[Date Prev][Date Next][Thread Prev][Thread Next][Date Index][Thread Index]
Re: comments on client auth
David P. Kemp wrote:
> > Date: Fri, 14 Jun 1996 10:44:21 -0400
> > From: Bill Sommerfeld <firstname.lastname@example.org>
> >> and strucutrally very very very similar.
> > DER is significantly more complex structurally. It uses binary
> > variable-length fields (including variable-length tags and
> > variable-length-lengths, and a length-of-length-of-length bit). It's
> > got a complex two-level variable-length binary tagging scheme on
> > *every* *single* *field*, and a variable-length length.
> > Context-dependant tags, when present, are in binary; a field with a
> > context-dependant tag is double-tagged, with two different lengths in
> > the encoding..
> > (e.g., <field-tag><outer-length><primitive-tag><inner-length><contents...>)
> > When debugging, you either need special tools (how many debuggers have
> > a DER-decode function?) or a hex dump, a lot of patience, and a copy
> > of Kaliski's Layman's Guide *just to find* the field you want to look
> > at.
> One of my hobbies is MIDI music - the standard midifile format is
> binary and uses a variable-length encoding. And the target audience
> for that format isn't computer scientists or standards geeks. The
> software required to generate and decode V-L values is about 3 lines
> of C each. A midifile player (i.e. the code that accomplishes the
> task at hand) makes the code to handle the incidental task of parsing
> a specific file format insignificant in comparison. It just isn't
> credible to claim that "binary" and "variable-length" are esoteric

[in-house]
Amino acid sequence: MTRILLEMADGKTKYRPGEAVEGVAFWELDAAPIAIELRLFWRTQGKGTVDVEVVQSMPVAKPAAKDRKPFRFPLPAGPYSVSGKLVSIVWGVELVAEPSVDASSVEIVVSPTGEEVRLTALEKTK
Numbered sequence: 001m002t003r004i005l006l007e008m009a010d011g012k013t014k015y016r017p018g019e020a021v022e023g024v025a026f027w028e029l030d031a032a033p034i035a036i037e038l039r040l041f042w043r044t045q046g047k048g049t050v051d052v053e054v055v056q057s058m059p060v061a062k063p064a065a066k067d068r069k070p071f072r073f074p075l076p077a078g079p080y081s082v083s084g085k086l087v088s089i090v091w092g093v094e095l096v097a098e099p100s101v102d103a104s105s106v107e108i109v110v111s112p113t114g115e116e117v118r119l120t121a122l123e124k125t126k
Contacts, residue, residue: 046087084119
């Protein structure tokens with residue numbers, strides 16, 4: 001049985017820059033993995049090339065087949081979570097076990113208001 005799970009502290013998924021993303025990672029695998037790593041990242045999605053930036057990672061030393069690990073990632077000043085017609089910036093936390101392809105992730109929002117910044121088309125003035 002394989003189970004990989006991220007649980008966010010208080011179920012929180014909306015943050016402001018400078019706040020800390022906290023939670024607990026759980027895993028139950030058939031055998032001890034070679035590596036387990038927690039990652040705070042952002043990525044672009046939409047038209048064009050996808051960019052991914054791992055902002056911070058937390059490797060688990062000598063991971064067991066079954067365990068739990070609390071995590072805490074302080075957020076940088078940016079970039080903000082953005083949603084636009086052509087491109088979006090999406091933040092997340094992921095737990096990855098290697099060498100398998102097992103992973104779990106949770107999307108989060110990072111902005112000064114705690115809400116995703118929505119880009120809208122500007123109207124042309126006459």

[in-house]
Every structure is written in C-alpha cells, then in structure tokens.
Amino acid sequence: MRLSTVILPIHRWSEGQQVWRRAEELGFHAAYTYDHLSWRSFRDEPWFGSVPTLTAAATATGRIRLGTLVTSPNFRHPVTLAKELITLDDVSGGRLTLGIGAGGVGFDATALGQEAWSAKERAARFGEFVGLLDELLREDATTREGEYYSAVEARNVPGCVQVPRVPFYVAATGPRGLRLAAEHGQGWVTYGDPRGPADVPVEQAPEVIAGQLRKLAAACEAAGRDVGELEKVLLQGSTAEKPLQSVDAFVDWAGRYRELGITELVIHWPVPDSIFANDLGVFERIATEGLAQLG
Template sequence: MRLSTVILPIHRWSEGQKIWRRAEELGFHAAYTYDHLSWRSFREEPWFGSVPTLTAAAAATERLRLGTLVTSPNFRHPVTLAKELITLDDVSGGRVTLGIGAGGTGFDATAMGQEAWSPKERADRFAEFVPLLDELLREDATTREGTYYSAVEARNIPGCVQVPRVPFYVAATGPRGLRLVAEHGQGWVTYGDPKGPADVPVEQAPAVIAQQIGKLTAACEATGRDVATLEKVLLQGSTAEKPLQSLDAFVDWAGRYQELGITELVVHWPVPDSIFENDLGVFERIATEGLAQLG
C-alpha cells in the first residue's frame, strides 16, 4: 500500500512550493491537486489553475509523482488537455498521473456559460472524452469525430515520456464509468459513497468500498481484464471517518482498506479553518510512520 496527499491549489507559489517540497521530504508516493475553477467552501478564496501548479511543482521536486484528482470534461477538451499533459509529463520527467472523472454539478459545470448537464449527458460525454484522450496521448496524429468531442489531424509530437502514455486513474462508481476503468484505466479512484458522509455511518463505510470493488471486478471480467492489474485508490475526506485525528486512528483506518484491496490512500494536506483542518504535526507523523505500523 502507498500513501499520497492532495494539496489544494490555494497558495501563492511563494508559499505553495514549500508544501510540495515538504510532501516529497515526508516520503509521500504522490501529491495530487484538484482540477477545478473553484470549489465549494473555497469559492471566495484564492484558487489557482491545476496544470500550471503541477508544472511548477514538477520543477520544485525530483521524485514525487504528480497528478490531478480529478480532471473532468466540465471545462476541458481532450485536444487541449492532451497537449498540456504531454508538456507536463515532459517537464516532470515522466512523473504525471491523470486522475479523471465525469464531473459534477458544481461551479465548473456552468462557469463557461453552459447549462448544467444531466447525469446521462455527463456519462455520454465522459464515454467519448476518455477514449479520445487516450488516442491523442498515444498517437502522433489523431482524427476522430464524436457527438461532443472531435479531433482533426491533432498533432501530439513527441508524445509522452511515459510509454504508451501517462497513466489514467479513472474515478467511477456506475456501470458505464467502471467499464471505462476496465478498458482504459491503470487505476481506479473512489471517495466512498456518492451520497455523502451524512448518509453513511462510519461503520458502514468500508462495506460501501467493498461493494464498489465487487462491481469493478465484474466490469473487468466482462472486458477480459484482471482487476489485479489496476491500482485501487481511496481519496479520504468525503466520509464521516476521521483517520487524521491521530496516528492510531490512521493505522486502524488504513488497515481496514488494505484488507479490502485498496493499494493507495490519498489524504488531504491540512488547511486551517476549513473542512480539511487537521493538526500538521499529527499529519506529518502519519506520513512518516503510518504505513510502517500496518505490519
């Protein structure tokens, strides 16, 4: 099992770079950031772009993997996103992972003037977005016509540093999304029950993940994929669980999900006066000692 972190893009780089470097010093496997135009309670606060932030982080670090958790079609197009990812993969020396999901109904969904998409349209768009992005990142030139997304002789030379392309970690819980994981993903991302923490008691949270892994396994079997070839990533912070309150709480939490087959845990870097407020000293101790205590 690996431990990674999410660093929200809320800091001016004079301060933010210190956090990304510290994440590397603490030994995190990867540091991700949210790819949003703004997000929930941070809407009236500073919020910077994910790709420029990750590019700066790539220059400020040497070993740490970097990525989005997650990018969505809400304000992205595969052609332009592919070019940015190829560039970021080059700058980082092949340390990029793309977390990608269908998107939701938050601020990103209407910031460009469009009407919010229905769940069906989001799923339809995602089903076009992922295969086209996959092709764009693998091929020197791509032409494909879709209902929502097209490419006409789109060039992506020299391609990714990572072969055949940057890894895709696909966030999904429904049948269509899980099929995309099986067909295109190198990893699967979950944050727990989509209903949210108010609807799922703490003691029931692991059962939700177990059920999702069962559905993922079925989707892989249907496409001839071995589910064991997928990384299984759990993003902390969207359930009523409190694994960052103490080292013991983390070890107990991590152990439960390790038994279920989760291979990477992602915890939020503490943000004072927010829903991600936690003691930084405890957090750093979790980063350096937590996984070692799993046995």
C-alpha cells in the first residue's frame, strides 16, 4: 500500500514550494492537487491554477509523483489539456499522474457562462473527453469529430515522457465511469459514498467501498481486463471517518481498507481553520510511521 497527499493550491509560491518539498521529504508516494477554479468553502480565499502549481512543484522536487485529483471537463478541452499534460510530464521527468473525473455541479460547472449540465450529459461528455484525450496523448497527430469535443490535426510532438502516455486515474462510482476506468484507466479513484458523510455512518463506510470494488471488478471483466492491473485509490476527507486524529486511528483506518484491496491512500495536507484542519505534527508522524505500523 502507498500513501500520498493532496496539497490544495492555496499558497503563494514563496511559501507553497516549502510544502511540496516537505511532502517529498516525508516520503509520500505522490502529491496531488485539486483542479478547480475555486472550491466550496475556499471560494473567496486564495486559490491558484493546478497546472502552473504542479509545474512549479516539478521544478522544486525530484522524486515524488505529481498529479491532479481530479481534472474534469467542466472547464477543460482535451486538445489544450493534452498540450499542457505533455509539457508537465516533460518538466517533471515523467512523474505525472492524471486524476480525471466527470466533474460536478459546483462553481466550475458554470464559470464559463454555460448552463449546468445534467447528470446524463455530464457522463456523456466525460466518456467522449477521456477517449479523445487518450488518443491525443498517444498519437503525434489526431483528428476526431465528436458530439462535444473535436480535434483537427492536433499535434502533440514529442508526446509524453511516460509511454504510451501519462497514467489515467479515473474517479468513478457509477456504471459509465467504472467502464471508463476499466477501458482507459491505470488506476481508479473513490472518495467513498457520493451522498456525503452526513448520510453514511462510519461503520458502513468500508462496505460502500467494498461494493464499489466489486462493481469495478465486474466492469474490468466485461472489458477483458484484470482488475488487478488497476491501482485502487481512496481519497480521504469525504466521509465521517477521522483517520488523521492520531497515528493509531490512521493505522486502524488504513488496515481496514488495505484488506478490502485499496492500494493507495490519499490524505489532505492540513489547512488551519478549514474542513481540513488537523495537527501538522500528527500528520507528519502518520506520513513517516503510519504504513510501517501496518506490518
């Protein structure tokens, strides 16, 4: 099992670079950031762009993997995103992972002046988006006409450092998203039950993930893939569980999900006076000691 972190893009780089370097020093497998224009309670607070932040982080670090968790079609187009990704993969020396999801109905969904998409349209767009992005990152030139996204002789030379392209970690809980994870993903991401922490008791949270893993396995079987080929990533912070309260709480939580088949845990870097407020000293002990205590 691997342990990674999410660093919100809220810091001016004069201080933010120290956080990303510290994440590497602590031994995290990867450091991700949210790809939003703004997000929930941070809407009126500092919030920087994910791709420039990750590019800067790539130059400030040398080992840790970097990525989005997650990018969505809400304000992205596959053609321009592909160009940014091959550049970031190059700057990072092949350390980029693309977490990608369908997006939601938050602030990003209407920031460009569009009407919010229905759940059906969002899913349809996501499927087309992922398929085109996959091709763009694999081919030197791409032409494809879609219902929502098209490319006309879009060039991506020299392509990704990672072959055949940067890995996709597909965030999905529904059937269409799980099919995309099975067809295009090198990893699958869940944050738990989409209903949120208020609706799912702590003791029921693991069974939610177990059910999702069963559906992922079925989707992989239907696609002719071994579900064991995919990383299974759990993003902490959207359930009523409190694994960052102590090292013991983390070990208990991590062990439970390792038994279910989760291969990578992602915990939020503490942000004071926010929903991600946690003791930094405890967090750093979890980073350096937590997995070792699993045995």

> concepts that the average Joe can't handle.
> A DER dump program (complete with structual indenting and decoding of
> all 1993 universal types) is maybe two pages (the variable-length
> stuff is perhaps 6 lines of that), and took a slow person all of a
> 3-day weekend to write from scratch. Email me if you want a copy.
> Let's just give it a break. Peter claimed that SDSI and
> DER are *structurally* similar, which is absolutely correct. How
> much conceptually simpler can one get (while maintaining generality)
> than nested Tag-Length-Value, regardless of whether the data is
> binary or ASCII.
> One doesn't attempt to edit Java code with "a hex dump and a lot of
> patience"; one edits an ASCII representation and then compiles to a
> (binary) VM representation. The security issues surrounding Java are not
> related to the format of .class files, they are related to privilege
> and trust. I haven't heard anyone from Princeton or Oxford claim that
> Java would have fewer security problems if only it used a different
> class file format.
> This list is much more constructive when discussing the real issues
> of trust models, authorization, etc. I hope it won't descend back
> into the mud of data representation.
Much as I hate the mud wars, I can't sit here, read this kind of stuff and say
Firstly, it takes considerably more than 3 days to amass the information
required to write a DER dump program, and a considerable amount of money.
Secondly, once you have your DER dump of a fully decorated X509v3 certificate
are you then able to read it? Not without the dreaded ASN.1. And a lot of
Thirdly, if it takes 3 days just to dump the stuff (in a still less-than-useful
format), how long does it take to write a program that can actually use it?
Fourthly, if it is ridiculously easy to deal with ASN.1 and DER, why are we
not inundated with (free) programs that do it? After all, every other vaguely
useful data format has widespread support.
Ben Laurie Phone: +44 (181) 994 6435
Freelance Consultant and Fax: +44 (181) 994 6472
Technical Director Email: email@example.com
A.L. Digital Ltd, URL: http://www.algroup.co.uk